This week, Worth featured articles about private jet travel and a 1,350-horsepower hypercar, while also gearing up for our Techonomy Climate West 2024 conference on April 3 in Silicon Valley. And we’re aware of the irony.

For context, the private aviation story explores how the industry continues to innovate to limit its carbon footprint. It has concrete plans to achieve zero emissions through a combination of non-petroleum sustainable aviation fuel and carbon offsets. The hybrid supercar mixes a smallish V8 engine with big electric propulsion. 

This have+eat cake model has been the formula for conscious individuals to reconcile concern for humanity with the very human desire to progress and indulge. Don’t change your lifestyle: Just change the engineering. Replace dirty with clean energy, substitute sustainable natural materials for synthetics, and recycle.


There have been reasons for optimism in innovative green tech, though. For instance, power demand in the U.S. has been flat for the past decade as we learned to produce more goods and services without consuming more energy. At the same time, renewables have boomed while coal has slumped.

A Fossil-Fuel Resurgence

But recent developments have been sobering. Some carbon offset programs have been revealed as ineffective shams. Hybrid cars still burn gas, and even an all-electric vehicle of 1000+ horepeower would have a big environmental impact. Plus, the green tech trend shows signs of stalling. Demand for electric cars has slowed, as has development of wind and solar energy; and fossil energy production is on the verge of a new boom. Bloomberg recently reported that the growth rate forecast for energy demand in the next five years has increased 81%. A major driver: the explosion of large AI models and the data centers required to run them. If all that new power was to be renewable, it might be a win-win, with all the benefits of AI coming at no ecological cost.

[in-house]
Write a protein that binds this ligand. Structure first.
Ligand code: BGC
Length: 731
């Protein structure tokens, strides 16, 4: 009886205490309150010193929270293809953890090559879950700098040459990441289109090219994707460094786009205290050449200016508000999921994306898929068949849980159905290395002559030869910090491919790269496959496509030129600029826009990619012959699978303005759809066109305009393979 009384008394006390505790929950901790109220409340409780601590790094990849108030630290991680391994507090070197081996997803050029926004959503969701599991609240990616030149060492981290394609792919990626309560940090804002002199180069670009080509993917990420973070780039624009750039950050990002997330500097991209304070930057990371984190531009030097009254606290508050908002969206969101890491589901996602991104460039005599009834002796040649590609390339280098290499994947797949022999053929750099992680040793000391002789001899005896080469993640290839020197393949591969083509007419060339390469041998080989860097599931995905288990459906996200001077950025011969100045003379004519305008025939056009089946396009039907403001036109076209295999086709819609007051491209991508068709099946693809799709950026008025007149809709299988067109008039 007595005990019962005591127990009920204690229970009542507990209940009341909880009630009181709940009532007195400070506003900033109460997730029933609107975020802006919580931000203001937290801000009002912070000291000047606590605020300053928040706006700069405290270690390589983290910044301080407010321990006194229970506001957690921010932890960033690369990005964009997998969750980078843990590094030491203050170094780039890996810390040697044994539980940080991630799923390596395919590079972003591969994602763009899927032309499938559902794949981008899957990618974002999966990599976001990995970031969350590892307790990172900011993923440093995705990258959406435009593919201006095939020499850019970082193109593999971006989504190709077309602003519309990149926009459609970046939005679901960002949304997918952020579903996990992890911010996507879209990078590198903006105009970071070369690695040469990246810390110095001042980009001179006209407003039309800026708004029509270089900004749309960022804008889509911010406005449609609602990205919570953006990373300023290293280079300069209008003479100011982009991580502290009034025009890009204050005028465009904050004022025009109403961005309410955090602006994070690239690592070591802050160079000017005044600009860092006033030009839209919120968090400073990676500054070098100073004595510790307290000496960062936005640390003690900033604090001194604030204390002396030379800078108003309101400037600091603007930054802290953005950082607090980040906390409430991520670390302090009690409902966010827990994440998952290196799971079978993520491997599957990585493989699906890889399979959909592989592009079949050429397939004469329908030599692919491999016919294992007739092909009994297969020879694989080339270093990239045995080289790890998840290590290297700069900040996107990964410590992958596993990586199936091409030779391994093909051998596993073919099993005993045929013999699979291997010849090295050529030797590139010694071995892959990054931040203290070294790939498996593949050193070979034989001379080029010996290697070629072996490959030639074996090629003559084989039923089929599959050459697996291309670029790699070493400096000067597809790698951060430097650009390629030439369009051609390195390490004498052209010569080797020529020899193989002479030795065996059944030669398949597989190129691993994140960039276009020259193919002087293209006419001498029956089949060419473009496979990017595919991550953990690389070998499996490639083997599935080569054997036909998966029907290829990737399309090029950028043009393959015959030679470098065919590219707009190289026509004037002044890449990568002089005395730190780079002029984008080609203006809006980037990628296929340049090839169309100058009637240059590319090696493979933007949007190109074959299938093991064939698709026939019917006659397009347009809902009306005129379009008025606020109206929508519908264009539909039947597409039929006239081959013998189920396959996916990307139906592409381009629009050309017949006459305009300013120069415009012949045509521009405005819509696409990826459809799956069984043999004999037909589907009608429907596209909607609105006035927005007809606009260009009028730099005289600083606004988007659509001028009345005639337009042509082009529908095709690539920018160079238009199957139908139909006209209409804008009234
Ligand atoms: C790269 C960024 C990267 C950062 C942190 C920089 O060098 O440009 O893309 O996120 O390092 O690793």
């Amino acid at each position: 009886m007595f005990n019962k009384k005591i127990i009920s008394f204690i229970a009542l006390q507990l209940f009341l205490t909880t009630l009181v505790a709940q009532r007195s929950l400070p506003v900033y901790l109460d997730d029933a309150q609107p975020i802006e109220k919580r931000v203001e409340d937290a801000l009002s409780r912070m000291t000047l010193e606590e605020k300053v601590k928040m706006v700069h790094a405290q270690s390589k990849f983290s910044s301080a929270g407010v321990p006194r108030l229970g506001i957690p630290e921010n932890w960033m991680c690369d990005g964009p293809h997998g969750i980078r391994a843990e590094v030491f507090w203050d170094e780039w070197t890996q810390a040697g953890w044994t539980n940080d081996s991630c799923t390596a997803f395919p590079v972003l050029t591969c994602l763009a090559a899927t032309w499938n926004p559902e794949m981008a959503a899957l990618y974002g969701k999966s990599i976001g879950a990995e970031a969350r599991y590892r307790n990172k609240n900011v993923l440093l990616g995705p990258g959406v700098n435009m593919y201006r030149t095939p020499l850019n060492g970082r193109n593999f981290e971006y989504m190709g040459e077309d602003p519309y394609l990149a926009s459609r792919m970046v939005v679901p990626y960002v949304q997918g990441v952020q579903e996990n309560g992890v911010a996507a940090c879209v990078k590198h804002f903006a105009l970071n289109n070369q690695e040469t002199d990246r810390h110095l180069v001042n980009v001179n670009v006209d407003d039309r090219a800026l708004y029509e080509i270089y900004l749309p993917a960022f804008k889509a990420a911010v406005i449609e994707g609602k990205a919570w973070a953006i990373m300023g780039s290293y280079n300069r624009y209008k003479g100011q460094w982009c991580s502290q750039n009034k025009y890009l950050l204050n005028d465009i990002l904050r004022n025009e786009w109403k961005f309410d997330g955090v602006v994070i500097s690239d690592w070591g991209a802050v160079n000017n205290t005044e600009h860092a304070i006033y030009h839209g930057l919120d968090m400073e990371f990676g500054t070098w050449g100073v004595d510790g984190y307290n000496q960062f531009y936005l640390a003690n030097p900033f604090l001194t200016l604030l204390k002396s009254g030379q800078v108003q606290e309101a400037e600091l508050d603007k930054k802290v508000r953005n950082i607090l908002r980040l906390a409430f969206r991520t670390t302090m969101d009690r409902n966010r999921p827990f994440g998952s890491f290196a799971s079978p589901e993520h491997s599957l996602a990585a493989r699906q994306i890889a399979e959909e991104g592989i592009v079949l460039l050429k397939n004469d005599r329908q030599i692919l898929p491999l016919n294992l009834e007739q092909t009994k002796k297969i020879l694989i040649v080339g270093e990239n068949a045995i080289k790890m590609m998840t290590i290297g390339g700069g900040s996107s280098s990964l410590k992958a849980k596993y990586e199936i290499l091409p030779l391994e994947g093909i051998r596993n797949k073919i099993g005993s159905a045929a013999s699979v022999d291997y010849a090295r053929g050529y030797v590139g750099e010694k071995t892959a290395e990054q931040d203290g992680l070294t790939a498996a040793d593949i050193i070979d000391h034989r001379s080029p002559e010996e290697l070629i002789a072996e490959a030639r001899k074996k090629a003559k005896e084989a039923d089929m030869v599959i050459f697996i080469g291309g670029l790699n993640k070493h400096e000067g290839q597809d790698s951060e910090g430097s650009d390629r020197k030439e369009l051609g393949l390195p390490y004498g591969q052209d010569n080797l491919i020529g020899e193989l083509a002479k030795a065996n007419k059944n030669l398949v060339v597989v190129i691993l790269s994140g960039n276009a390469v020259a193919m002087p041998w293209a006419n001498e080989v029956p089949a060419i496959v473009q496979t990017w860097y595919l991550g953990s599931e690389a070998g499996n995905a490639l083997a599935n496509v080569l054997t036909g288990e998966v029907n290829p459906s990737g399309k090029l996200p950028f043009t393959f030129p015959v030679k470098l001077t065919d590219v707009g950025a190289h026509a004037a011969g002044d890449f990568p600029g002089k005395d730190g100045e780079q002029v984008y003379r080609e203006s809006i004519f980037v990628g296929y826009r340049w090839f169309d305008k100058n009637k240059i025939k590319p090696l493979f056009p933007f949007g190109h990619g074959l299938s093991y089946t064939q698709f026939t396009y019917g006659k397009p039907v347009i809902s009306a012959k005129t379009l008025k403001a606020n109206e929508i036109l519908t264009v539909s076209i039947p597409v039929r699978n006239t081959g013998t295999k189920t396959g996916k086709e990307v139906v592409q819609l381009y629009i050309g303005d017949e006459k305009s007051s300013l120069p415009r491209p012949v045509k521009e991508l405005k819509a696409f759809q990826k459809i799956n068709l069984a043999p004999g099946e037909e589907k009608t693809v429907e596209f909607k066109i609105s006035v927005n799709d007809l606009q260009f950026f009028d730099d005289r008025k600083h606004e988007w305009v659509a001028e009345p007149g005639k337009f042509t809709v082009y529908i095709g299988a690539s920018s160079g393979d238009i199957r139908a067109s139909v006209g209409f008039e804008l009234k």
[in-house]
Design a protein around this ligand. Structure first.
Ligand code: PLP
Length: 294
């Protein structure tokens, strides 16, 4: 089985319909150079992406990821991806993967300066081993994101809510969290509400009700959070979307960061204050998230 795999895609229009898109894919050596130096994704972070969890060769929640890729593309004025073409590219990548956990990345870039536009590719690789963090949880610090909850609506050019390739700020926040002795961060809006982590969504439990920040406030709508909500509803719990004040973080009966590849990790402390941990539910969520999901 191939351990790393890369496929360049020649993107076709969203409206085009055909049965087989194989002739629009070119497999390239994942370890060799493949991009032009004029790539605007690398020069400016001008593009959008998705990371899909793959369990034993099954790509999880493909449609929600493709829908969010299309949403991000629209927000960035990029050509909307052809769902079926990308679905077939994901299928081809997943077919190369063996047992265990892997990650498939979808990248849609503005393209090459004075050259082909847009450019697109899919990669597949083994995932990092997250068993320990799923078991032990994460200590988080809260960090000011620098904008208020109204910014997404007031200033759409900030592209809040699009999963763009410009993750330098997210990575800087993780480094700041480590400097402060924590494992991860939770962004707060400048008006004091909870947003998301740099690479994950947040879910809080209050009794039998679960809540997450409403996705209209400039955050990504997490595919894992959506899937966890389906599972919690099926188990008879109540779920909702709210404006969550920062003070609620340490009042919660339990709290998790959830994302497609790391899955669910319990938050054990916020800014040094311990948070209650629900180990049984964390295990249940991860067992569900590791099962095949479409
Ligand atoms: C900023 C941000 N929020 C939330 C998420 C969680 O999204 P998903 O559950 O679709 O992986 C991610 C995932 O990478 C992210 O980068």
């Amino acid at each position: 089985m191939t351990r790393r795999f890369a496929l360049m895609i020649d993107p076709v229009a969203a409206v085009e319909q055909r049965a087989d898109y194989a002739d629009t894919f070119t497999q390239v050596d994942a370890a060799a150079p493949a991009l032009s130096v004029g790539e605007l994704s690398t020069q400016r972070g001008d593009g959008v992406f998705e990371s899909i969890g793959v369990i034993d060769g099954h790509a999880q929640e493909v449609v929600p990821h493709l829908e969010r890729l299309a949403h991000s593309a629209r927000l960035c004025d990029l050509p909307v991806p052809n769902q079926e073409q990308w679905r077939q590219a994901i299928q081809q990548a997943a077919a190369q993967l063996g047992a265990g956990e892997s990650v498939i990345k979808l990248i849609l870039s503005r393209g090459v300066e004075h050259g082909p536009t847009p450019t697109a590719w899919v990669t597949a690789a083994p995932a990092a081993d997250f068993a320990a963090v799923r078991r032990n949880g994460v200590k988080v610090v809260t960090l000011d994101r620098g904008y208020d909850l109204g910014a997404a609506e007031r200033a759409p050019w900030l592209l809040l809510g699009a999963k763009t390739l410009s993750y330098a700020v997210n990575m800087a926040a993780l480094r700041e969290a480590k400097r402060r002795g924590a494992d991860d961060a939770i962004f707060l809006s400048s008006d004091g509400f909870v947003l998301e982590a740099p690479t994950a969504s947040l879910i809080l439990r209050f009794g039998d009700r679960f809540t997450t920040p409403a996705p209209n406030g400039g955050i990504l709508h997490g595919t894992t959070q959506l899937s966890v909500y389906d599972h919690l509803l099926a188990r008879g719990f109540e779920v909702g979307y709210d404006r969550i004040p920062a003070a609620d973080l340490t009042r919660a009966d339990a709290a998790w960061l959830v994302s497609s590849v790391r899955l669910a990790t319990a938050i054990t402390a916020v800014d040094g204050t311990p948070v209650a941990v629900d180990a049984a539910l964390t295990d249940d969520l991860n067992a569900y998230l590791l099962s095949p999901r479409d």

That won’t be the case. The U.S. Energy Information Administration reports that natural gas consumption hit a record high in January, and it expects continued growth this year. Several utilities are announcing plans for massive new gas plants. What’s more, Energy companies say that AI will help them find even more fossil-fuel reserves.


How can this be, if—as so many experts tell us—green sources like wind and solar are now the least-expensive forms of energy? Uppsala University professor Brett Christophers’s new book The Price is Wrong posits a sobering answer. It turns out that getting that cheap energy to market is not so cheap, as solar and wind facilities require vast amounts of land far from the cities that need the electricity. The inconvenient truth he declares is that renewables just aren’t as profitable as fossil fuel power plants—in the absence of a carbon tax. And green commitments notwithstanding, maximizing profit is the most-powerful driving factor in business.

Time for Hard Questions

Recent setbacks to the low-carbon transition aren’t an excuse to be defeatist. But the response can’t be pollyannaish techno-utopianism, either.

Against this fraught, messy backdrop, next week’s Techonomy Climate conference will engage the latest science, policy, economics, and philosophies on combating climate change. Expert sessions by leading thinkers will probe topics such as AI’s carbon footprint, how to clean up energy-hogging data centers, tackling methane emissions, the slump in electric vehicle growth, and equity in how the ecological impacts of green technologies (think minerals for batteries) are distributed.

At last year’s Techonomy Climate NYC conference, venture capitalist Raj Kapoor eloquently laid out some of the dilemmas. There’s a lot of interest in green investment, and technology (especially AI) has great potential to help find solutions. But no one is making their targets, and making sense of esoteric data to make smart decisions is really hard. Kapoor, along with about 20 other leading thinkers, retakes the stage next week.